China Evergrande’s offshore debt and assets could be separated in restructuring – report

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HONG KONG/SHANGHAI, Jan 21 (Reuters) – The provincial government leading the restructuring of China Evergrande Group wants to spin off the company’s offshore assets and sell them to pay off foreign debt, media reported on Friday, in a bid to boost the hopes of foreign lenders. to recover funds.

Financial intelligence provider REDD said on Friday that the provincial government of Guangdong, where Evergrande is based, intended to release a debt restructuring master plan by March that could also wipe out the 60% stake of the group president.

Citing two sources briefed on the matter, REDD said the provincial government is proposing that state-led investors buy Evergrande’s assets. and that proceeds from the sale of foreign assets be used to pay off offshore debt.

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While investors expected state-run organizations to help facilitate the restructuring, some fear Beijing will use proceeds from any asset sales to prioritize onshore debt repayments.

The provincial government has finalized the framework document and submitted it to the Chinese cabinet for discussions over the weekend, REDD said, adding that a detailed restructuring proposal would be released by October.

The provincial government, cabinet and Evergrande did not respond to requests for comment outside of regular business hours.

Evergrande is the world’s most indebted real estate company with more than $300 billion in debt, including nearly $20 billion in international bonds, all deemed to be in default after a series of missed payments late last year. .

Evergrande’s April 2023 U.S. dollar bond jumped to 17.762 cents on the dollar after the REDD report, according to data from Duration Finance, from 12.227 overnight. Its shares closed down 0.6%, ahead of the report.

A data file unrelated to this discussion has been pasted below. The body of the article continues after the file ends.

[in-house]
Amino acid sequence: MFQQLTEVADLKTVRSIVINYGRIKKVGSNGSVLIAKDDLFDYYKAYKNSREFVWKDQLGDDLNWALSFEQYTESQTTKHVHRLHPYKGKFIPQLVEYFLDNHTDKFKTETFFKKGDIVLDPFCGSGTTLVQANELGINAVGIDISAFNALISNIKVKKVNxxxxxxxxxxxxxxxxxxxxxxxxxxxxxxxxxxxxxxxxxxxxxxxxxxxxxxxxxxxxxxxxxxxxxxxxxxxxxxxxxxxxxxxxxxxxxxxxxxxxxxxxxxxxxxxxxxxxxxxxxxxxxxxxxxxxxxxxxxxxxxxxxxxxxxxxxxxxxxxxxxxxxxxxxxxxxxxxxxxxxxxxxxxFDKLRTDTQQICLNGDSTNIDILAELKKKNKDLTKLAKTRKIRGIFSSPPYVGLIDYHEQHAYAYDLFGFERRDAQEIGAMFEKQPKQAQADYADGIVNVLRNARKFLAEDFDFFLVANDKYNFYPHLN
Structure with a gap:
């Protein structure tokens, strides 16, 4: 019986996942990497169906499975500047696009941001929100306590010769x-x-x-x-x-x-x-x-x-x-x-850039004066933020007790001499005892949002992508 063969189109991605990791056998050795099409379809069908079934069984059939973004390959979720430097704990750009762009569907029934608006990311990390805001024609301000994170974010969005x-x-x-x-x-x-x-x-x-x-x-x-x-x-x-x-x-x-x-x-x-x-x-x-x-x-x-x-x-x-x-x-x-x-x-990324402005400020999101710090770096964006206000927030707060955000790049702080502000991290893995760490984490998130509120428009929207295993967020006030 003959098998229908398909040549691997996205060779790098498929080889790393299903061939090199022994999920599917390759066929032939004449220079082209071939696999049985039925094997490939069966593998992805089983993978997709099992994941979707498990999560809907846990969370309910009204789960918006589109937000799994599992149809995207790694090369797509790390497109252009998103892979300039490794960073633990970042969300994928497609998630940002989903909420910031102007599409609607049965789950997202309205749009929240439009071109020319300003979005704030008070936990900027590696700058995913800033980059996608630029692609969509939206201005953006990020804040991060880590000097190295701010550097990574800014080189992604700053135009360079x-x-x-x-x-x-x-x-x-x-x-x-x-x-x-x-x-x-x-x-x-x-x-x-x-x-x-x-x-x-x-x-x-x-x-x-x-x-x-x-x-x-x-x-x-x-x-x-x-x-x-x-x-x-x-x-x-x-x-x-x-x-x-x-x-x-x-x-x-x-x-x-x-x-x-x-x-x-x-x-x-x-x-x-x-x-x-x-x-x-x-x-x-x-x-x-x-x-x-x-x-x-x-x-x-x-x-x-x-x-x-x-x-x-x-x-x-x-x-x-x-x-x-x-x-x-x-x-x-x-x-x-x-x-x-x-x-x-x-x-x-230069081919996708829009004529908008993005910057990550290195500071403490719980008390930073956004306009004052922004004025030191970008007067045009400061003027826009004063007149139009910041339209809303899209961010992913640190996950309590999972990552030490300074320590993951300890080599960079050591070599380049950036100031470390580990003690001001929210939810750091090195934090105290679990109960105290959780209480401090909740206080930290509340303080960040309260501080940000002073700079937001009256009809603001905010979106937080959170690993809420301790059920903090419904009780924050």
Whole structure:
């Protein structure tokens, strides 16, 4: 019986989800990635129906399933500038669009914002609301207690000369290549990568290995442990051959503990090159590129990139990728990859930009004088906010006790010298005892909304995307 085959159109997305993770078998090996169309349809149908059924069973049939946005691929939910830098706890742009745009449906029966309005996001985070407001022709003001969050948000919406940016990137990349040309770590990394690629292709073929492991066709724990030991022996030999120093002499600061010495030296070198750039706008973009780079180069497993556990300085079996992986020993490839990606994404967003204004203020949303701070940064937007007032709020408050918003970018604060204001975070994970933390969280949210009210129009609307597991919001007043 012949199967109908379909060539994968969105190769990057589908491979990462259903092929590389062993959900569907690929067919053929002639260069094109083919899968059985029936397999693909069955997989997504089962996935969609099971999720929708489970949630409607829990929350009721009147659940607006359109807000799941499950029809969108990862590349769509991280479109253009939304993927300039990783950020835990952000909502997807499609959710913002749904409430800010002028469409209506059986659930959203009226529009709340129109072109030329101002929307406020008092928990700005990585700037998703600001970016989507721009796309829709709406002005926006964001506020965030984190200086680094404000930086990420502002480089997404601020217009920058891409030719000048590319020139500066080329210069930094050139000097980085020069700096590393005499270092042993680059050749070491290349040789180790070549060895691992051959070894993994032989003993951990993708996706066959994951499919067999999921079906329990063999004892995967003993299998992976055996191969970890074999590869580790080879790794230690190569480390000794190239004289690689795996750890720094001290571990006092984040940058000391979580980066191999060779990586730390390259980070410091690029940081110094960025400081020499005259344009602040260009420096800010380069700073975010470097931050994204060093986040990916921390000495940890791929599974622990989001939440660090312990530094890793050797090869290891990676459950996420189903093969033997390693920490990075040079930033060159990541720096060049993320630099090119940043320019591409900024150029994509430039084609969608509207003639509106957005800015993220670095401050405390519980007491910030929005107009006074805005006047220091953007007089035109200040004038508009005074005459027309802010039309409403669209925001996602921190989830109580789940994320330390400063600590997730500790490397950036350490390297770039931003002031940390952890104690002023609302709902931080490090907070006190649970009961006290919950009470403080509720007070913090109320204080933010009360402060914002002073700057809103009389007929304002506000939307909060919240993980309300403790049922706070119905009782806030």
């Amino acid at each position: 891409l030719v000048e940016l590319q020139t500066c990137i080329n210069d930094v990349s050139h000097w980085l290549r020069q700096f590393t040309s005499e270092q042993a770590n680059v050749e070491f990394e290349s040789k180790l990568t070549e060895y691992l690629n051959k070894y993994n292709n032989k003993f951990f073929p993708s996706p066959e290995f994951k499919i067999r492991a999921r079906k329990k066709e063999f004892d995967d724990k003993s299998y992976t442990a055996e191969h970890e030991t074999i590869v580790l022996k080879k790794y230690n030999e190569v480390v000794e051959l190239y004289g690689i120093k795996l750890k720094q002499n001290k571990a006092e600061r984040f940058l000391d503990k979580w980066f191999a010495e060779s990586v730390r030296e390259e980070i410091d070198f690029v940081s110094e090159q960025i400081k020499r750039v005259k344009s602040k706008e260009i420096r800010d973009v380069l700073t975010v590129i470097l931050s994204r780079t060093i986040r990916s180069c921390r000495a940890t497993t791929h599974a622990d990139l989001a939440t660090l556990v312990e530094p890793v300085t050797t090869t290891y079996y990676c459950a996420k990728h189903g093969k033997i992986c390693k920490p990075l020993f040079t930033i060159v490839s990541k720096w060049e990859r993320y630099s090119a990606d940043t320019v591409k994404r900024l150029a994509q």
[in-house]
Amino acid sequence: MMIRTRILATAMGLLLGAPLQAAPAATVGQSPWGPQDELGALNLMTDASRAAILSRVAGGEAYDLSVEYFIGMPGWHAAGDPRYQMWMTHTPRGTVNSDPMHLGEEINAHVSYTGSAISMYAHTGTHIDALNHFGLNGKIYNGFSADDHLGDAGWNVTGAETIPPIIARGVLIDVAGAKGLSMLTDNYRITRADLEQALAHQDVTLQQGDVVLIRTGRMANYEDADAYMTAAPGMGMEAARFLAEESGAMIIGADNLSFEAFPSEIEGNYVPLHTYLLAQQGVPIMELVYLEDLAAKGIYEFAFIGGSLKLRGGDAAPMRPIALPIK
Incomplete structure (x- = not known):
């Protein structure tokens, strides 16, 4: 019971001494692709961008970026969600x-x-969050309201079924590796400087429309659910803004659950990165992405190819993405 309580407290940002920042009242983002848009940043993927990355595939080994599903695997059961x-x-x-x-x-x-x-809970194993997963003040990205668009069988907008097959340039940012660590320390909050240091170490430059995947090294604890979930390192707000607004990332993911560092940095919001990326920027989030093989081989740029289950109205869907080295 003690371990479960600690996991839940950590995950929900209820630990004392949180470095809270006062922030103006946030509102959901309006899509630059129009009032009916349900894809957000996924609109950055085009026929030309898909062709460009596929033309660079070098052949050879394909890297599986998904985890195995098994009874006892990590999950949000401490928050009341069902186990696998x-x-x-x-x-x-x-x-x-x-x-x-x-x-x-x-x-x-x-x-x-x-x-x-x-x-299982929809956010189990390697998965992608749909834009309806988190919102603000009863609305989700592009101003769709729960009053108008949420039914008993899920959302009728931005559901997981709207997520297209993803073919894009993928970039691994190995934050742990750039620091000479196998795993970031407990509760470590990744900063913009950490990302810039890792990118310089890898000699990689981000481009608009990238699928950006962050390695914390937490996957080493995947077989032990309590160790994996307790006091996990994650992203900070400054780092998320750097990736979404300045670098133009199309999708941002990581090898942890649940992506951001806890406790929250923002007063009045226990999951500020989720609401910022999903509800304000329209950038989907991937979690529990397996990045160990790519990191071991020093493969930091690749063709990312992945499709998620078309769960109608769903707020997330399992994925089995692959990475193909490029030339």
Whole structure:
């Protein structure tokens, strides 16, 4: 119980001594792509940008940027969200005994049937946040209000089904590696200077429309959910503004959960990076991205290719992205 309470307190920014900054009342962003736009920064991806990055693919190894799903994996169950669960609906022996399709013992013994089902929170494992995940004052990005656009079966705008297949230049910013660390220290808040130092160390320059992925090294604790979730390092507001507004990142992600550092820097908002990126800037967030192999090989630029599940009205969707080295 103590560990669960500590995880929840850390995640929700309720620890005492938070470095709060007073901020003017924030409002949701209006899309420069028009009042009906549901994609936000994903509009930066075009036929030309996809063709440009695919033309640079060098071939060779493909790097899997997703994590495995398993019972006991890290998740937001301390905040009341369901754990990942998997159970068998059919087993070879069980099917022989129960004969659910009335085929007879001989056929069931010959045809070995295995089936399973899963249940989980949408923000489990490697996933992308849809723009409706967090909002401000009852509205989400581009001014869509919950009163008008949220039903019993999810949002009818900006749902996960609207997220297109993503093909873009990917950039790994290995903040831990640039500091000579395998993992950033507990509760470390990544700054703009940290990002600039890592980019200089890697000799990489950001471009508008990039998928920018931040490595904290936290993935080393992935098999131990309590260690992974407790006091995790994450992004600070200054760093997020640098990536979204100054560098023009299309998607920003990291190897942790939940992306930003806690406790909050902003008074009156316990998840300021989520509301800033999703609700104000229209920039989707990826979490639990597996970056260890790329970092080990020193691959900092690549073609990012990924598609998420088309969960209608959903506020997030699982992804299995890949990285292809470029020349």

The REDD report also said that Evergrande Chairman Hui Ka Yan’s 59.78% stake in the company could be wiped out after the restructuring is completed because the developer is “largely insolvent”.

Earlier on Friday, the developer said in a filing that it was hiring more financial and legal advisers – China International Capital Corp Ltd, BOCI Asia Ltd and Zhong Lun Law Firm – to respond to creditor demands.

It came a day after a group of offshore creditors, represented by law firm Kirkland & Ellis and investment bank Moelis, said they were ready to take ‘enforcement action’ to defend members’ rights after what he called Evergrande’s lack of commitment. Read more

Evergrande has asked offshore bondholders to disclose their holdings, according to a letter seen by Reuters on Friday. The developer expects responses by the middle of next week to identify investors for communications to help with the debt restructuring.

SIGNS OF IMPROVEMENT

Stocks and bonds of Chinese property developers gained this week on hopes that a series of recent government measures would help the sector’s liquidity and reverse the slump in construction, a key driver of economic growth. Read more

In another sign of improving sentiment, Country Garden (2007.HK), China’s largest real estate developer by sales, said it would issue HK$3.9 billion in convertible bonds to refinance the debt that will mature in one year.

The bonds, which mature in July 2026 and could be sold back to the company in January 2024, bear interest at 4.95% and have an initial conversion price of HK$8.10 per share. At full conversion, the shares would represent 2% of the enlarged capital.

The new issuance follows a report that the developer failed to attract demand for a potential $300 million convertible bond last Wednesday. IFR reported that Country Garden had tested the waters for a three-year deal that would carry a yield to maturity of 4.75% and a conversion premium of 25%.

Country Garden shares fell nearly 3% to HK$6.76, while its January 2023 international bond rose to 97.825 from 92.787 overnight.

BUY TIME

Evergrande’s financial crisis has rattled other Chinese property developers over the past six months and exacerbated the funding crunch in the sector.

On Friday, rating agency Fitch downgraded China Aoyuan Group (3883.HK) to “restricted default” after the company said it planned to forgo principal and interest payments for its entire its offshore debt. Read more

Beijing stepped up its efforts to support a slowing economy with a series of policy rate cuts this week. Read more

Policymakers are also developing nationwide rules to make it easier for developers to access funds from sales still held in escrow accounts, which would improve their short-term liquidity and buy time to pay off debt, a reported Reuters on Wednesday. Read more

($1 = HK$7.7886)

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Editing by Kim Coghill and Mark Potter

Our standards: The Thomson Reuters Trust Principles.

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